The whole journey from Bowling Green to Cabrini encompassed about 48 hours of travel! Thankfully we had a pretty open schedule when I arrived because jetlag hit me hard. I ended up going about 56 hours straight on less than 4 hours of sleep. The only major thing we had besides a quick orientation was a 2 hour discussion with one of the community elders about the history of Cabrini, Swaziland and local customs. It was very fascinating, but I felt horrible because it was all I could do to not nod off. That night we ate an excellent curry meal and I retired to bed early.
Thursday was my first full day at Cabrini and up until that point I still didn’t have a great idea of what exactly I was doing in Swaziland. It is not because things are disorganized, instead it is that so much is going on, there isn’t always time to explain everything. Turns out my big task here this week is to figure out how we are going to handle the finances of Cabrini once our accountant leaves. Looks like we will have two office workers handling the day-to-day transactions and another professional accountant in Australia who will handle the technical stuff. I will probably end up serving as the liaison and keeping an eye on the big picture – but, we won’t know the specifics until later in the week.
Most of my day on Thursday was actually spent working on an upcoming grant application through Health and Human Services and the Center for Disease Control. Basically we have less than a week to turn around this application for $50,000. The rest of the office staff had a board meeting to attend to, so they left me and the accountant from Australlia to figure out the grant on our own. It was certainly a "baptism by fire" sort of thing as we wrote up a narrative and budget for a program that neither of us fully understand. We will find out today how far off we were. Either was helpful because it forced us to work through many old proposals that gave us a good feel for what was currently going on and for the direction we are trying to expand into.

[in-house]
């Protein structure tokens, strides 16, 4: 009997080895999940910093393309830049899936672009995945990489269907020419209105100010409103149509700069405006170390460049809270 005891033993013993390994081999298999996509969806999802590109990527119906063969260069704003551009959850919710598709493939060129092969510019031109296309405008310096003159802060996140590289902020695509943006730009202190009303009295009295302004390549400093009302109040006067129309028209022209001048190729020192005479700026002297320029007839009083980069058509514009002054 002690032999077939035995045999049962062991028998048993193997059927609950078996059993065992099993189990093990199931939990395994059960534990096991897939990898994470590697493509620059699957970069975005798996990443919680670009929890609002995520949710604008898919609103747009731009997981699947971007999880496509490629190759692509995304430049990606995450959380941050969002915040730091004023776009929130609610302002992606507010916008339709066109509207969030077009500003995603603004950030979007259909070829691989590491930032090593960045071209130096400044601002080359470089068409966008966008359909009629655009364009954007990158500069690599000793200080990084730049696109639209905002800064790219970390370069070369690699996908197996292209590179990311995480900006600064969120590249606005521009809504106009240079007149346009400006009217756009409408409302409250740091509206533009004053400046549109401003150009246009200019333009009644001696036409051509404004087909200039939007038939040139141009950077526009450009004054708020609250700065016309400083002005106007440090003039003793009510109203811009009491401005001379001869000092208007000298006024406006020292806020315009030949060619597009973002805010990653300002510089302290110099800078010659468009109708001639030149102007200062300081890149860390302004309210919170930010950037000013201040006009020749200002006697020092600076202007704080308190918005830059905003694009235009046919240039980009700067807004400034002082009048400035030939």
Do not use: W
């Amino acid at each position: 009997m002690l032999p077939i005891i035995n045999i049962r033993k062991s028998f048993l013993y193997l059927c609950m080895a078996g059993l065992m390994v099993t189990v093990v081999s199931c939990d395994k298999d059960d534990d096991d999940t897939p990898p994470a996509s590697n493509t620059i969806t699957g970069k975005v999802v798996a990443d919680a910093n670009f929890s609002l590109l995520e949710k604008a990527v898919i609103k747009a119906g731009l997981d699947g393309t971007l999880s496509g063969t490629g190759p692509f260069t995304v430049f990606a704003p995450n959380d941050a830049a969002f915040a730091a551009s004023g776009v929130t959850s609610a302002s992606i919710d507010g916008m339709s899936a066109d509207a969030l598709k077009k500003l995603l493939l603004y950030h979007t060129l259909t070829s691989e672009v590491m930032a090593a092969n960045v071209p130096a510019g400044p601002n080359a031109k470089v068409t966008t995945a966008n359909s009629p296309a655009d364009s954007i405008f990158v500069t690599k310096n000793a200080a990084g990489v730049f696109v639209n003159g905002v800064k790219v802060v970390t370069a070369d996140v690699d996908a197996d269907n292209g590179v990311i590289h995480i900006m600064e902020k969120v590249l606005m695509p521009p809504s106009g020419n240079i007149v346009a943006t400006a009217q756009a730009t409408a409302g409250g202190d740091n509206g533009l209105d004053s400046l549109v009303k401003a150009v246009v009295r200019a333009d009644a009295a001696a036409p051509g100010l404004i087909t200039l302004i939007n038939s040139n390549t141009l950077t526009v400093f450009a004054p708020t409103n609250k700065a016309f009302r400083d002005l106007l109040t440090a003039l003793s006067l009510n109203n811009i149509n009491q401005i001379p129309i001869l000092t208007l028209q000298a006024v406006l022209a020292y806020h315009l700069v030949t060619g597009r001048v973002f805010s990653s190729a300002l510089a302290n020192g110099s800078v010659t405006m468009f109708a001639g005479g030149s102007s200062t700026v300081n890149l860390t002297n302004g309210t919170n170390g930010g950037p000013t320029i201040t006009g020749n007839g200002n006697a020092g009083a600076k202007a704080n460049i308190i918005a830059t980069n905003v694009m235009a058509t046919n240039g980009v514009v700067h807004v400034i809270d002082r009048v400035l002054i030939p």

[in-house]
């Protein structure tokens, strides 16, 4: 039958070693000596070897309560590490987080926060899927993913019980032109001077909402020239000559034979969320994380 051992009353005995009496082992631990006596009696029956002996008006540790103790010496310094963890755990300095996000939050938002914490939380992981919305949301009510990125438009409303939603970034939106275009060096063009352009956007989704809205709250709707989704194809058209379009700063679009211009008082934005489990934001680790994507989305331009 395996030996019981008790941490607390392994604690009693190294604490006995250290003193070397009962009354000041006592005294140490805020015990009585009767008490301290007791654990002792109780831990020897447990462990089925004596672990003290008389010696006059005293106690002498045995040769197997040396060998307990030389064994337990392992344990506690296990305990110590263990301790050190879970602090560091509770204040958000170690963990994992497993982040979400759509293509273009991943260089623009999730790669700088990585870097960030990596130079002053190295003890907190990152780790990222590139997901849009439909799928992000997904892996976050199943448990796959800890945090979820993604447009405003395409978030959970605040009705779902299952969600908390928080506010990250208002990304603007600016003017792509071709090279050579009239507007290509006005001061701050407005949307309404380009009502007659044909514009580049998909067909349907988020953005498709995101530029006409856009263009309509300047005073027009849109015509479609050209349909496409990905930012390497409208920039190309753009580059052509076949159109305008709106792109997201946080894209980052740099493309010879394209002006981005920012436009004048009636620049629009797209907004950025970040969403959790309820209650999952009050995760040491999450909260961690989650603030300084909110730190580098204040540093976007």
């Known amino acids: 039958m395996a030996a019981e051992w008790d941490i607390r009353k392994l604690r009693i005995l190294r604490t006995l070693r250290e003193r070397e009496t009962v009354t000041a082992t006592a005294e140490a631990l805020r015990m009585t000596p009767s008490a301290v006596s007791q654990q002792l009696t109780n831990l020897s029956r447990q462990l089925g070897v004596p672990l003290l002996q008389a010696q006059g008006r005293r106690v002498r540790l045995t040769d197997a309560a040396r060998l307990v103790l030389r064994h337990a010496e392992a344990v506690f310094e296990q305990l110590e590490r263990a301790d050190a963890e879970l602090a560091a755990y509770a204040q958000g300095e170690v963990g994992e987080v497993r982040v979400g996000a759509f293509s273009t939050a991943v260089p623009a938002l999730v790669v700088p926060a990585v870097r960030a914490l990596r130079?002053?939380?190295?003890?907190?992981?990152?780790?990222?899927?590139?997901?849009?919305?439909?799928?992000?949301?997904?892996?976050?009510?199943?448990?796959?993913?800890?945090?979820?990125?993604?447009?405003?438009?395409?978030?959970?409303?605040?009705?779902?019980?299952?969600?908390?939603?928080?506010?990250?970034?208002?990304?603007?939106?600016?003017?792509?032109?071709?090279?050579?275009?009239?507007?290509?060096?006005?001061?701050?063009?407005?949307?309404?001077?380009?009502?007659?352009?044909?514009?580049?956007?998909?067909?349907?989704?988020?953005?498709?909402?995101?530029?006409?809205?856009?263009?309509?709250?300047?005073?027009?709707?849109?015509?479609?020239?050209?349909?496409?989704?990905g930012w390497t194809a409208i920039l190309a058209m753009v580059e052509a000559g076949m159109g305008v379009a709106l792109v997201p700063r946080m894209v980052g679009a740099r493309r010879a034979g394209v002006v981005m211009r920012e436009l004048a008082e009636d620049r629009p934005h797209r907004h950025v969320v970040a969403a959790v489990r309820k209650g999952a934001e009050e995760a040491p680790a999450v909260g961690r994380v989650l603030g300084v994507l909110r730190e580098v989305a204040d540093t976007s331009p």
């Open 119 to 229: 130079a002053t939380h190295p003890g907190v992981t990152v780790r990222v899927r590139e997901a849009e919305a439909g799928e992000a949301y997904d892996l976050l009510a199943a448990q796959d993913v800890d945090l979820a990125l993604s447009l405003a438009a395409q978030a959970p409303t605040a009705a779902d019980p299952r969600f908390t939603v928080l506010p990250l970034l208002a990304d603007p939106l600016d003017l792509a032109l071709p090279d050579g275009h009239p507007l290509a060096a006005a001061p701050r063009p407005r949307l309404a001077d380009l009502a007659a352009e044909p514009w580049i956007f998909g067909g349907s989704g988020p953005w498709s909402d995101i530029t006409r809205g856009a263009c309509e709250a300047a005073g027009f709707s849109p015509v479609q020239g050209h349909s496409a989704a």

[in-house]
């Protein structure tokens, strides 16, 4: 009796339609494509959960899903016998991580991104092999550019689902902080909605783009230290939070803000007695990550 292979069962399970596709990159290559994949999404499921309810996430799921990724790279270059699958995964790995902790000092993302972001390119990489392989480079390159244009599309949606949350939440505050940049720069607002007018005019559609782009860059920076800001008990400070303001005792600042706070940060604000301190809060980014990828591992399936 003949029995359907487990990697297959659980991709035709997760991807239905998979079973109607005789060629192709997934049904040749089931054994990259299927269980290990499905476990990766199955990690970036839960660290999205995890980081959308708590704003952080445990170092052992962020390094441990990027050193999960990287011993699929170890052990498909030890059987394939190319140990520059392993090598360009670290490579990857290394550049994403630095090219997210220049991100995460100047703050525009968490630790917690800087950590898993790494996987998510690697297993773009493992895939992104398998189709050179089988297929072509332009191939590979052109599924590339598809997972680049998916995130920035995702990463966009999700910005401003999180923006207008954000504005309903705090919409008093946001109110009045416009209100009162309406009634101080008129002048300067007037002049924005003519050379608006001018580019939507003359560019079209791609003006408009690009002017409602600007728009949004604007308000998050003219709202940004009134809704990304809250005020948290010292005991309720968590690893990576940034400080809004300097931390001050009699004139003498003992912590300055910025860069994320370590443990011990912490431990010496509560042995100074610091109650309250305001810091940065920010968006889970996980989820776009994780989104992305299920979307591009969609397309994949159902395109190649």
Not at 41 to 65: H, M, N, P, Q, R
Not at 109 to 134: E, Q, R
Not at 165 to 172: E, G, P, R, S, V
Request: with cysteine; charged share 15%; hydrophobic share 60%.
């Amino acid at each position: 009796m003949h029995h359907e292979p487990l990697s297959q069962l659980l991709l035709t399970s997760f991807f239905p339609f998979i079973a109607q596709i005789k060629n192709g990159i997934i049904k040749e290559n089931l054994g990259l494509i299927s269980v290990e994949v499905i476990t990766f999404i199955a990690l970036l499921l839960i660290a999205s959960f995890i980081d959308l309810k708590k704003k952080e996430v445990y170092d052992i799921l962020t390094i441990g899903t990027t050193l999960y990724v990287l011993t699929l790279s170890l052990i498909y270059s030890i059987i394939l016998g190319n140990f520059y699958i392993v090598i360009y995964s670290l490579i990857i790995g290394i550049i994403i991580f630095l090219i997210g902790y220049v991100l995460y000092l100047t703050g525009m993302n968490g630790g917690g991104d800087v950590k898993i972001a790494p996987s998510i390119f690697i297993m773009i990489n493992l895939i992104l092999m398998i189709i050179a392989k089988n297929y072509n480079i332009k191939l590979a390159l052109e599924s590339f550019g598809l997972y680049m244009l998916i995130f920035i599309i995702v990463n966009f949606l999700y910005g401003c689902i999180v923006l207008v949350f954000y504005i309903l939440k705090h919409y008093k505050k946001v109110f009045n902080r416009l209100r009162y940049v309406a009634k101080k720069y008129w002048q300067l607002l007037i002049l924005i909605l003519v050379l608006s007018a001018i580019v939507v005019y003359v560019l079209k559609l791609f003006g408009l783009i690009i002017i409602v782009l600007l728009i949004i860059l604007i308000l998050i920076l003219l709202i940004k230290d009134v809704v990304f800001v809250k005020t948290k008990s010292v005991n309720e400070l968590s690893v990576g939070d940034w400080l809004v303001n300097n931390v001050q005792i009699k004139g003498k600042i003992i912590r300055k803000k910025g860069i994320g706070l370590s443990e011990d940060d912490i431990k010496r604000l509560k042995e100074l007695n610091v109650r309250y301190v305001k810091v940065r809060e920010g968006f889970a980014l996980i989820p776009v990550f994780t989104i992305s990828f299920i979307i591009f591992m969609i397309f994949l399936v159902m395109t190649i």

Today we will heading into the two largest cities (Mbabane and Manzini) to meet with some of our supporters. Should be a good trip. I am looking forward to meeting up with Todd Malone from PACT again. Todd is actually the guy who convinced us to go visit Cabrini and had lots of solid advice on working through our move. Saturday is set aside as more of relaxing day and I am not sure what Sunday has for us. Starting Monday, we will really hit the finances hard and work on a transition plan.
As I am wrapping up this post, I wanted to give you a quick note about communication. Right now I have my swazi cell phone (268 7683 3330), but service has been intermitted. Beth has only been able to reach me on my phone once out of probably 20 attempts and text messages are not going through. I can call out, but it costs me about $1.00 a minute. Also, my plans to limited access to internet have fallen through. The 3G USB modem I have works fine, but I have not been able to get my SIM card approved for data usage. Hopefully that will get worked out soon, but for now I don’t have access to internet. (I am writing this post in advance hoping we find some wireless that I can use and post it).
I will try and keep you posted as things unfold, but realistically, my communication abilities are much more limited than I expected.